Lenny Anderson
Guest

The Eastbank Freeway…recognized by the then head of ODOT as a mistake the day it opened…sits on the most valuable real estate in the City if not the region. It should be removed, along with the Marquam Bridge.
A capacity neutral way to do this is to add a thru lane to I-405 (& rename it “I-5”) and a thru lane to I-205. The I-405 trench looks wide enough to me, if we are willing to sacrifice the roses. At some point we can cover it, ala Mayor Katz’ idea, and we have a very low cost “big ditch solution.”
Note that upwards to half of the recent gas tax increase in Washington goes for replacing the Alaska Viaduct with a tunnel…$4 Billion or so. Removing that eyesore will transform Seattle in unimaginable ways.
Likewise, removing the Eastbank Freeway will open up an underutilized central area for the creation of almost a whole new city.
Me, I’m looking forward to a quiet evening on the “East Portland Beach” watching the sun set over the West Hills and Downtown.

Dr. Mark Ross
Guest
Dr. Mark Ross

“A capacity neutral way to do this is to add a thru lane to I-405 (& rename it “I-5″)”

If I’m correct, it can’t be done because the freeway exits are too close to each other . . . even if another lane was added, there still would be clogging . . . not only all of I-5’s thru traffic would be on I-405, there would be half of I-84’s traffic headed over the fremont bridge and down I-405 to points south.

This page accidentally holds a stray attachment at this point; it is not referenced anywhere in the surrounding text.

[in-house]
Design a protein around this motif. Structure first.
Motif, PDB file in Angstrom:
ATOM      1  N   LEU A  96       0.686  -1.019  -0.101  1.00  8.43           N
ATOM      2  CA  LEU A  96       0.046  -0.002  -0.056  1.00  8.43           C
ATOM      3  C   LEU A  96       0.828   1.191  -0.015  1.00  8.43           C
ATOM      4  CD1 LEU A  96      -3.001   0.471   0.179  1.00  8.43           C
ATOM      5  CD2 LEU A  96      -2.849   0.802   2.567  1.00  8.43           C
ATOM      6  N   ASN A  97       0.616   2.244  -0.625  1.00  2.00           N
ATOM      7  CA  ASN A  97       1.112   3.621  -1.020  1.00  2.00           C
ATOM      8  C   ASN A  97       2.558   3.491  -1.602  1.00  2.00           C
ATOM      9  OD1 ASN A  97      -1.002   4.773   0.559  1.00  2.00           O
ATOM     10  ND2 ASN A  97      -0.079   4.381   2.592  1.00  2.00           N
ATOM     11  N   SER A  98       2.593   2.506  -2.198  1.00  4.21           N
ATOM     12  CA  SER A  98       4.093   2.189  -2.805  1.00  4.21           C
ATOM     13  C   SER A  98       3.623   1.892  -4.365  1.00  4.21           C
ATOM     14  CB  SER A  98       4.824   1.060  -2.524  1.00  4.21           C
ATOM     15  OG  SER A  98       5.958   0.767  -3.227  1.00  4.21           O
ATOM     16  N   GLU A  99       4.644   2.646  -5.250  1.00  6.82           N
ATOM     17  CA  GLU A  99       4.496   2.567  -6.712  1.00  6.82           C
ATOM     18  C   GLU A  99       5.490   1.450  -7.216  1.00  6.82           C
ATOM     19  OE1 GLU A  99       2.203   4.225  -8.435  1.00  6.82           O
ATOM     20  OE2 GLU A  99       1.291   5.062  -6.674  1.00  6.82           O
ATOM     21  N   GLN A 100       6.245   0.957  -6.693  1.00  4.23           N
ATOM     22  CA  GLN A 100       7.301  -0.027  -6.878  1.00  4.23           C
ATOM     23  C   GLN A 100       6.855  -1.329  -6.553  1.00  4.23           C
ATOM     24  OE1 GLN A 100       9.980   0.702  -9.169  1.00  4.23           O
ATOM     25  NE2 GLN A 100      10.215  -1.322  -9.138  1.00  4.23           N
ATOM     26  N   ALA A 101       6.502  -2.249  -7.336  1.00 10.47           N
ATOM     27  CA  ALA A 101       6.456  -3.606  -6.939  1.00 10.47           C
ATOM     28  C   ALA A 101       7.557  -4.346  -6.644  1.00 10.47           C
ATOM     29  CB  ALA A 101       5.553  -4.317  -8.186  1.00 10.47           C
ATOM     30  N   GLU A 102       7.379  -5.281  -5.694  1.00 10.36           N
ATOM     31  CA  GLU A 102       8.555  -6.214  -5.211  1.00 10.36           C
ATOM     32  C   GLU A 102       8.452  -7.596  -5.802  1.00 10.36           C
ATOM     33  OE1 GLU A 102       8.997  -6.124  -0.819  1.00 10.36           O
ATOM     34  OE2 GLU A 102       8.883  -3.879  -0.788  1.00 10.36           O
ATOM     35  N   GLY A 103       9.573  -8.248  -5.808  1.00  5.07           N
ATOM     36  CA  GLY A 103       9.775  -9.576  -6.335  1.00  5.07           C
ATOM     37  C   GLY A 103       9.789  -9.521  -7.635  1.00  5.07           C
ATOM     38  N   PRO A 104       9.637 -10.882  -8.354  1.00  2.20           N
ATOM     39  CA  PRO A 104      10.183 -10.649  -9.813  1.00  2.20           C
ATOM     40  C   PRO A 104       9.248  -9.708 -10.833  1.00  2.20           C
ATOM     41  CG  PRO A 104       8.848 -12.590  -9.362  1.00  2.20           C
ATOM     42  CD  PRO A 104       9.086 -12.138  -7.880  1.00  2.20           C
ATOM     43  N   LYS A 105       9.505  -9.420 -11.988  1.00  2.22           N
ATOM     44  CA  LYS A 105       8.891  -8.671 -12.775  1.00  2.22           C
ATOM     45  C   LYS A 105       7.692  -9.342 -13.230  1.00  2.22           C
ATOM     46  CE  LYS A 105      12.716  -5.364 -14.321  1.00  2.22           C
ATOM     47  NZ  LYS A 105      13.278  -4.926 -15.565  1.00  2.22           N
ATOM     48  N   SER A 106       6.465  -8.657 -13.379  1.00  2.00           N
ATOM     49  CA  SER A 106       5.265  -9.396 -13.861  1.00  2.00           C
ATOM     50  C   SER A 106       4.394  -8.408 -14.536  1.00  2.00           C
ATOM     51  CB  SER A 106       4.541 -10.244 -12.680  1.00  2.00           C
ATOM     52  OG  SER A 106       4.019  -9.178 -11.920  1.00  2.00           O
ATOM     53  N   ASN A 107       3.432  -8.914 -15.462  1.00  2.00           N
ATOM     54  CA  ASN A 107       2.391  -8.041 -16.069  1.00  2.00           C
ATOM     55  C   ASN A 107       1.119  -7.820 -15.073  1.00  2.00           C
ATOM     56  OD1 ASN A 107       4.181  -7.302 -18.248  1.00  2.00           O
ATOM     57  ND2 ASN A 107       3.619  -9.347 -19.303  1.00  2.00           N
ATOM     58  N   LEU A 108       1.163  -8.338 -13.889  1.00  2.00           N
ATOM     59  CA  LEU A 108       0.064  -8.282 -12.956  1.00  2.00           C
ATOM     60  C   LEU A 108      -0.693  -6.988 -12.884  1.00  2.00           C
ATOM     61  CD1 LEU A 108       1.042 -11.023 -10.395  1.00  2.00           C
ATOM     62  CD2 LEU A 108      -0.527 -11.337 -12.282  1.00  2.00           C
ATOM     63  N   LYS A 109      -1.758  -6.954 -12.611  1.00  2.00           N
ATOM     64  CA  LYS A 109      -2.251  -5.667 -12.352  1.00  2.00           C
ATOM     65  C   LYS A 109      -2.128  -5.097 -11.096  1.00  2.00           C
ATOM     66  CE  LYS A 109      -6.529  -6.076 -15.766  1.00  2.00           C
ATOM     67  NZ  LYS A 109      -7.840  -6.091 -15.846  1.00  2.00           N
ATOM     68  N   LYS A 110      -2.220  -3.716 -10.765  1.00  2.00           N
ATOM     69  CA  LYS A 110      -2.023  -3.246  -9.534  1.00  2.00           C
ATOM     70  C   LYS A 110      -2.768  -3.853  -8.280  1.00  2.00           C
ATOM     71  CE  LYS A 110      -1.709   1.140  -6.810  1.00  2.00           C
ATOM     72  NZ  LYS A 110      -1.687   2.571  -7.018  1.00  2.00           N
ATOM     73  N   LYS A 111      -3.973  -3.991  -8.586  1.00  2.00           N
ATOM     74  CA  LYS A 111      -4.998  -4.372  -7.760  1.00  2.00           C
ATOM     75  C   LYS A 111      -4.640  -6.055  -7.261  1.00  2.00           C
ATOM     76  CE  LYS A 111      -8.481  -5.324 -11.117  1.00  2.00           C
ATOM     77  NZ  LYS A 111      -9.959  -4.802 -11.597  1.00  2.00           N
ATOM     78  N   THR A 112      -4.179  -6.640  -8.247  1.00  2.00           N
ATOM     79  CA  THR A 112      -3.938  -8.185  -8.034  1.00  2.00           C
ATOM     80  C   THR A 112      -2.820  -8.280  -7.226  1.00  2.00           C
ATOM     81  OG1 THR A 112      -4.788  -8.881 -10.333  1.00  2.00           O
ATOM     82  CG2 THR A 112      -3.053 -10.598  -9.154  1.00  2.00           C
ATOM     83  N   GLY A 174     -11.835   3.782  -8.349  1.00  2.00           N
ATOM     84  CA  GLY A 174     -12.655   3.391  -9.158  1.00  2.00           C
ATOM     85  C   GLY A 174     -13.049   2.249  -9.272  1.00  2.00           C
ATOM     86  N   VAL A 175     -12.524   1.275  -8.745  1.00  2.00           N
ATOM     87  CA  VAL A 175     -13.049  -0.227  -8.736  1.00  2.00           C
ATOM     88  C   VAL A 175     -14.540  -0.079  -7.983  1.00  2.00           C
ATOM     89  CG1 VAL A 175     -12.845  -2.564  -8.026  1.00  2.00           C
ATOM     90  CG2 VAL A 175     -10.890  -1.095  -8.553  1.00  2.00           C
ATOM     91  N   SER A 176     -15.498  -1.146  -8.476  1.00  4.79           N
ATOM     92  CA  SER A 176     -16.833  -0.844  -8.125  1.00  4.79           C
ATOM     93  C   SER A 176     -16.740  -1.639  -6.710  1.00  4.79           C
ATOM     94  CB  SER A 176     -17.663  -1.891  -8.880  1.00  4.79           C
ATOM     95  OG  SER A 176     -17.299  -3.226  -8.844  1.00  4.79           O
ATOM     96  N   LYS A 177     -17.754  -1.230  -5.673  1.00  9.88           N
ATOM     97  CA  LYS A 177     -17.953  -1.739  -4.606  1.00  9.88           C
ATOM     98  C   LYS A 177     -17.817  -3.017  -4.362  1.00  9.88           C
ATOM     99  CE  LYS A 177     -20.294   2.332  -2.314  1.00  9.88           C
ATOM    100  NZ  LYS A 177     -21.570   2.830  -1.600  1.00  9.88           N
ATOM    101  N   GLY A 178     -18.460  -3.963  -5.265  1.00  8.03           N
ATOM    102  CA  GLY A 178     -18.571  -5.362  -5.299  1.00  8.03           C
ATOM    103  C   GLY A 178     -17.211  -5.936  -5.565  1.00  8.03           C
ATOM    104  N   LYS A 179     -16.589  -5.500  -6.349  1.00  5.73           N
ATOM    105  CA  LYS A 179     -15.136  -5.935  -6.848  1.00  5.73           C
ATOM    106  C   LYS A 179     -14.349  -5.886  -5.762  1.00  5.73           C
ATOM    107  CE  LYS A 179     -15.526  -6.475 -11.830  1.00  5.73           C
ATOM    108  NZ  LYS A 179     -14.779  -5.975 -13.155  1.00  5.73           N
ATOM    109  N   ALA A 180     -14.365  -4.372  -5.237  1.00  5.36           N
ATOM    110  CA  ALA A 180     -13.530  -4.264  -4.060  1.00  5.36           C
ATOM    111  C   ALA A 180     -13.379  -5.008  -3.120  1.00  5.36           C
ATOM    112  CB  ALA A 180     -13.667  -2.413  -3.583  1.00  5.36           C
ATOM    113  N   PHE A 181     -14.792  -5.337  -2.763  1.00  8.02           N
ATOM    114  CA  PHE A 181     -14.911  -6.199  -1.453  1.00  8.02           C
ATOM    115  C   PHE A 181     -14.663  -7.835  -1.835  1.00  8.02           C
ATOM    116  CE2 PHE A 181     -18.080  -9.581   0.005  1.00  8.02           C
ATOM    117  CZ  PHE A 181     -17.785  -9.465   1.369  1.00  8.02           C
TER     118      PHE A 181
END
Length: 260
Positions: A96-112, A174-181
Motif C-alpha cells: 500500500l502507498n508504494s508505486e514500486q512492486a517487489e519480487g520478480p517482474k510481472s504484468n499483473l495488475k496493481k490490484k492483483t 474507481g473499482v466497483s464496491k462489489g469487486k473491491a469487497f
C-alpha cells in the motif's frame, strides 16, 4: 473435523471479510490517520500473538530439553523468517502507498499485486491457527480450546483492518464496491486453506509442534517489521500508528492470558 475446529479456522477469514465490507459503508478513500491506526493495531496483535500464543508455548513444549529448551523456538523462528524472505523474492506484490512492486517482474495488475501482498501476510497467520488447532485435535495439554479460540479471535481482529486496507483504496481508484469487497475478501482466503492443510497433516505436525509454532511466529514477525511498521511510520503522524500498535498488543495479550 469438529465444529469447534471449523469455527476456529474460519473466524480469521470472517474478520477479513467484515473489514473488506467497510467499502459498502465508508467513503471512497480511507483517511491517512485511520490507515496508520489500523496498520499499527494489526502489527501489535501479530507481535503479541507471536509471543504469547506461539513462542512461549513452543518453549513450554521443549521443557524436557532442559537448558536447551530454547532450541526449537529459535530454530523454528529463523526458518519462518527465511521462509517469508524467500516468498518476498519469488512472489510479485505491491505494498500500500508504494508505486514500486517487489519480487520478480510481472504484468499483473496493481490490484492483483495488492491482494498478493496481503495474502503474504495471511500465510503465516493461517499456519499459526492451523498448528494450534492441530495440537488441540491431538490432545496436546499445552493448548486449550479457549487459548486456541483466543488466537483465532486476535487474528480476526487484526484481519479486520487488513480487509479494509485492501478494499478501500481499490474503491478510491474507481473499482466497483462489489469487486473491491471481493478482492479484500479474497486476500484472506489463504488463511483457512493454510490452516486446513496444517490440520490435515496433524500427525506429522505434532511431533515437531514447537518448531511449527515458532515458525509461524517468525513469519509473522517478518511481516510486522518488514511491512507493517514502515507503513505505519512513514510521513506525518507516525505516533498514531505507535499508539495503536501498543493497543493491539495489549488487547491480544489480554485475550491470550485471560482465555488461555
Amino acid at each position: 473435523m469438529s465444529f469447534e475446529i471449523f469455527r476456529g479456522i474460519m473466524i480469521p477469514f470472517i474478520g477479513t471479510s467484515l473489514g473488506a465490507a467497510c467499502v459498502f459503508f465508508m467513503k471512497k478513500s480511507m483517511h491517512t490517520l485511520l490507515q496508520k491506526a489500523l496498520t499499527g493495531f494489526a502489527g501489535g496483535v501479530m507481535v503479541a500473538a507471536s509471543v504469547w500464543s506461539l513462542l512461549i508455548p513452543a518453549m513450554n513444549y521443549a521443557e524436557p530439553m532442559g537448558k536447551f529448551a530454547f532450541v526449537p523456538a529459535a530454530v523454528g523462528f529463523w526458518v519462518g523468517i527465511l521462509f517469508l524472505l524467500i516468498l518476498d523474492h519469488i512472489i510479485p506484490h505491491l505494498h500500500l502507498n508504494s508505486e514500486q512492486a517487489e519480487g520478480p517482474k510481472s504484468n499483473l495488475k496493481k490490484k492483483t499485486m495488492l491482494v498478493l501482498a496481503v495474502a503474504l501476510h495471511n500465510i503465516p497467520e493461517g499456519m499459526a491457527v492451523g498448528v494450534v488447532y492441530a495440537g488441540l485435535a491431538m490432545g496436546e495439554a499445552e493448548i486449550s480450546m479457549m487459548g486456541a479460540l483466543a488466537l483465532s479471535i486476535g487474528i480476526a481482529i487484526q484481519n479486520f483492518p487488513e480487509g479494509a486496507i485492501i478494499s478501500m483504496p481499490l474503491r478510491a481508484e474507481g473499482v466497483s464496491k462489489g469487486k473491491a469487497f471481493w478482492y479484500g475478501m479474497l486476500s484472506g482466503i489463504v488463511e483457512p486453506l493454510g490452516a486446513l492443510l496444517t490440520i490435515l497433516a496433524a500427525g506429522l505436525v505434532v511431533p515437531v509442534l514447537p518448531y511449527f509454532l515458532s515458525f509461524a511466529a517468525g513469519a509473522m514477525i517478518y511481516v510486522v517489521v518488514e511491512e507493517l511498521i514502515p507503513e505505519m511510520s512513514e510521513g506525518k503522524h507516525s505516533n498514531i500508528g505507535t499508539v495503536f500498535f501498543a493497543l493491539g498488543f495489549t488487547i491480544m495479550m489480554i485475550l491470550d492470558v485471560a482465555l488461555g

But I support the concept of getting the freeway moved — unfortunately there are more serious expenses that lay ahead that will kill any serious effort by the DOT or legislators to get behind it: 1) the interstate bridge have to be replaced — oregon’s economy depends on it, and 2) the boone bridge (I-5 over the willamette river) is getting attention as a wink link in the commerce chain — if it breaks, we’re doomed.

ps: a worse mistake than the I-5 location on the river was running I-5 through Medford — a route through Klamath Falls was not only shorter, but less hilly. (When the freeway was being planned, the chief’s home town was Medford).

Brian E
Guest
Brian E

Highway 97 through Klamath Falls is the preferred route North/South for truckers. FYI, about ten years ago a group of investors tried to develop K-Falls into a shipping hub. It was called the Phoenix Project and would tie together trucking, air, and rail. Central was, Kingsley Field, one of the longest paved runways in the NW. The effort failed miserably and was possibly an investment scam.

In regards to Railroad spending, please read this 7/26 press release from Trent Lott. Our Senator Gordon Smith is a cosponsor of the bill.

http://lott.senate.gov/index.cfm?FuseAction=PressReleases.Detail&PressRelease_id=313&Month=7&Year=2006

Matt P.
Guest

A welcome change, given that auto/truck subsidization destroyed much of America’s rail infrastructure. Unfortunately much of what was lost is gone for good – the rail system was built on land grants, and the railroads can’t afford to reacquire lost land to expand their network, even if they were inclined to operate what were previously marginal routes.

A welcome change would be a massive investment in railroad intermodal facilities and laying parallel track to increase long-haul capacity. If we could shift 80-90% of all Seattle-California truck freight traffic from truck to rail, it would significantly reduce congestion in the urban areas and reduce gasoline usage.

OTOH, successfully doing that would put thousands of truckers out of work.